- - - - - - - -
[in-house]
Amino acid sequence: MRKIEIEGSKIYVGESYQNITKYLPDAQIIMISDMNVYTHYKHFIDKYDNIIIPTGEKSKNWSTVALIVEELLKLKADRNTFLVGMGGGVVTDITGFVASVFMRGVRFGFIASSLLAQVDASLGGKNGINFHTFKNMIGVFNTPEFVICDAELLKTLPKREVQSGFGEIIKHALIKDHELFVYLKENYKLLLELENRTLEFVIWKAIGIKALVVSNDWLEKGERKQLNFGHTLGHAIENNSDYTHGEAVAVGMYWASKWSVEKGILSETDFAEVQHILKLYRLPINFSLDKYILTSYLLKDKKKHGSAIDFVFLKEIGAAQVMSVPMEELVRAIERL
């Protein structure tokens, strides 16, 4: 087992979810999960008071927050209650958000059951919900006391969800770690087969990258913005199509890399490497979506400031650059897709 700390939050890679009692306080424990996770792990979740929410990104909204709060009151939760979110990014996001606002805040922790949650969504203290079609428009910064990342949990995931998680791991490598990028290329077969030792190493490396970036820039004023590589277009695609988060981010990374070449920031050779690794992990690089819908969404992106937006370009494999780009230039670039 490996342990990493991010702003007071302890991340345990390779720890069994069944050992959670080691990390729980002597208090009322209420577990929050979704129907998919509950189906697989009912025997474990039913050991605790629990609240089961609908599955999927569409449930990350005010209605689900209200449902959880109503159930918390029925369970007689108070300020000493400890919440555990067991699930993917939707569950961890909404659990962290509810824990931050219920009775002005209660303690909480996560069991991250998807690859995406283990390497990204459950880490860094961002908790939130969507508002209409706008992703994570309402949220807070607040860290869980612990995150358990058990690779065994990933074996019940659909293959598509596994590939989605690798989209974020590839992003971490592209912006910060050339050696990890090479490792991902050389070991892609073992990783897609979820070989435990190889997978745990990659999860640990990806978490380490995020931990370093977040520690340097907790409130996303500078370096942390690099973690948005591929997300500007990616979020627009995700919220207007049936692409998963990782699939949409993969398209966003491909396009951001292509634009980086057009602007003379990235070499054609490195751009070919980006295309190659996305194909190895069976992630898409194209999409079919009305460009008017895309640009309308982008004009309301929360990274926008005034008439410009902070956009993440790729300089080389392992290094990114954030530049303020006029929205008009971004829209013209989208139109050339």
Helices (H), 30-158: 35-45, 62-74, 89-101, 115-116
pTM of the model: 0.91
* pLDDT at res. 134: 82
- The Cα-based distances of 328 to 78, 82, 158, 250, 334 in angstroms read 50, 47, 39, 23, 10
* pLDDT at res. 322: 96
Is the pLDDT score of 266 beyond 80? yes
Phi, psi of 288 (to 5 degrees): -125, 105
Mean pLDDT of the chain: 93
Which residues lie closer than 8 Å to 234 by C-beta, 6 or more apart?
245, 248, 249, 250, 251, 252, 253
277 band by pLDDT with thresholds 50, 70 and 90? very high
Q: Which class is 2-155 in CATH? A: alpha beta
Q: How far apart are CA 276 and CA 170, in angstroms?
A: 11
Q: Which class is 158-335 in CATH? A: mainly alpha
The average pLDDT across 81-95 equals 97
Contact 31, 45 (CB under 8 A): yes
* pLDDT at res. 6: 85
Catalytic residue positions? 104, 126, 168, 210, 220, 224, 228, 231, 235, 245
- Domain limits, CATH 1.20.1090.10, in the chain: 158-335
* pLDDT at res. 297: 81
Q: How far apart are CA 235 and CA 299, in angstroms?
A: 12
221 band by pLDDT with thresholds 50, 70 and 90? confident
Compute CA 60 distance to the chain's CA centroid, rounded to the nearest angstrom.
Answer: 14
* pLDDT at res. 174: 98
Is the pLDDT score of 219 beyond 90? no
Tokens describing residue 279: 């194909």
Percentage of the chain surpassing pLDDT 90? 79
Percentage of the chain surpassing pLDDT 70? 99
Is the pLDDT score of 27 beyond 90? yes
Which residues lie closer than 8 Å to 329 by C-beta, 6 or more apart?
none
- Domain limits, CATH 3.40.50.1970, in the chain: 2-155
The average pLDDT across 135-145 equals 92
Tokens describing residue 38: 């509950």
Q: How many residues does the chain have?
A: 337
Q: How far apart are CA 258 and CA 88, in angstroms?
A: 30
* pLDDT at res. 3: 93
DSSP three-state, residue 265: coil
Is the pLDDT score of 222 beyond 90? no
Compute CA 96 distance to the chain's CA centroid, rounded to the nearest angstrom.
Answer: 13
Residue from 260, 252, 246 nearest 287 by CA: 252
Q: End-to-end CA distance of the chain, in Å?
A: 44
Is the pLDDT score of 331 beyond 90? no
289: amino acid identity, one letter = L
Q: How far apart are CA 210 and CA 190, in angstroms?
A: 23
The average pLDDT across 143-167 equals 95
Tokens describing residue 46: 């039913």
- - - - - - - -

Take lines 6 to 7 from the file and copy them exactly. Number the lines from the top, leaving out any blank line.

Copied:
* pLDDT at res. 134: 82
- The Cα-based distances of 328 to 78, 82, 158, 250, 334 in angstroms read 50, 47, 39, 23, 10